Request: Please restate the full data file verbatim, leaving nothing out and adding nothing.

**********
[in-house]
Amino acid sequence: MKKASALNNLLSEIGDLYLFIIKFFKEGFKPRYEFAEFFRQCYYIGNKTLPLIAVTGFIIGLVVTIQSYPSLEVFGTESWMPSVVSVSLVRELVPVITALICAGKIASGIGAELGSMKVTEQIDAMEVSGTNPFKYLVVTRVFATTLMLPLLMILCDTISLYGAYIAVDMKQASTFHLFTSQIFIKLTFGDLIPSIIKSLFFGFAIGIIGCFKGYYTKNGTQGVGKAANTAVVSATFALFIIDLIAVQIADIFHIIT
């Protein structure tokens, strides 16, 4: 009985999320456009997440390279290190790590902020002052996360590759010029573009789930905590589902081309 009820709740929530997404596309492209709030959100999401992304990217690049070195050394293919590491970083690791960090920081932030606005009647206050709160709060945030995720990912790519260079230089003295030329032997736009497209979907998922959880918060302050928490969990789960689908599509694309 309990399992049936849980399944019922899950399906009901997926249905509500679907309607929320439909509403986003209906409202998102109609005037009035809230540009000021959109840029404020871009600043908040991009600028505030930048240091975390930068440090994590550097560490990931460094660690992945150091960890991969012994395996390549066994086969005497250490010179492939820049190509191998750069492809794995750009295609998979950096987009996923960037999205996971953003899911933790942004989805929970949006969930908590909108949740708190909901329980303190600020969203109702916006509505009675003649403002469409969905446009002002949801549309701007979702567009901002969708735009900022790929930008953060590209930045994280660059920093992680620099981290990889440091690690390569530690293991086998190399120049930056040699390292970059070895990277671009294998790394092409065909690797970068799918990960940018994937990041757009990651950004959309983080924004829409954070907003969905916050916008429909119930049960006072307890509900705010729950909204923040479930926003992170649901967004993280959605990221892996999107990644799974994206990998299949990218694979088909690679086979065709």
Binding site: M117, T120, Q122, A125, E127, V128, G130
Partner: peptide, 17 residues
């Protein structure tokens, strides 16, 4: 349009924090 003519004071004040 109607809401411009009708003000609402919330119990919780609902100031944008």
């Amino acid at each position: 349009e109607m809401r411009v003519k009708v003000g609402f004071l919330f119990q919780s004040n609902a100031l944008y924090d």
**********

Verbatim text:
[in-house]
Amino acid sequence: MKKASALNNLLSEIGDLYLFIIKFFKEGFKPRYEFAEFFRQCYYIGNKTLPLIAVTGFIIGLVVTIQSYPSLEVFGTESWMPSVVSVSLVRELVPVITALICAGKIASGIGAELGSMKVTEQIDAMEVSGTNPFKYLVVTRVFATTLMLPLLMILCDTISLYGAYIAVDMKQASTFHLFTSQIFIKLTFGDLIPSIIKSLFFGFAIGIIGCFKGYYTKNGTQGVGKAANTAVVSATFALFIIDLIAVQIADIFHIIT
């Protein structure tokens, strides 16, 4: 009985999320456009997440390279290190790590902020002052996360590759010029573009789930905590589902081309 009820709740929530997404596309492209709030959100999401992304990217690049070195050394293919590491970083690791960090920081932030606005009647206050709160709060945030995720990912790519260079230089003295030329032997736009497209979907998922959880918060302050928490969990789960689908599509694309 309990399992049936849980399944019922899950399906009901997926249905509500679907309607929320439909509403986003209906409202998102109609005037009035809230540009000021959109840029404020871009600043908040991009600028505030930048240091975390930068440090994590550097560490990931460094660690992945150091960890991969012994395996390549066994086969005497250490010179492939820049190509191998750069492809794995750009295609998979950096987009996923960037999205996971953003899911933790942004989805929970949006969930908590909108949740708190909901329980303190600020969203109702916006509505009675003649403002469409969905446009002002949801549309701007979702567009901002969708735009900022790929930008953060590209930045994280660059920093992680620099981290990889440091690690390569530690293991086998190399120049930056040699390292970059070895990277671009294998790394092409065909690797970068799918990960940018994937990041757009990651950004959309983080924004829409954070907003969905916050916008429909119930049960006072307890509900705010729950909204923040479930926003992170649901967004993280959605990221892996999107990644799974994206990998299949990218694979088909690679086979065709």
Binding site: M117, T120, Q122, A125, E127, V128, G130
Partner: peptide, 17 residues
């Protein structure tokens, strides 16, 4: 349009924090 003519004071004040 109607809401411009009708003000609402919330119990919780609902100031944008």
């Amino acid at each position: 349009e109607m809401r411009v003519k009708v003000g609402f004071l919330f119990q919780s004040n609902a100031l944008y924090d």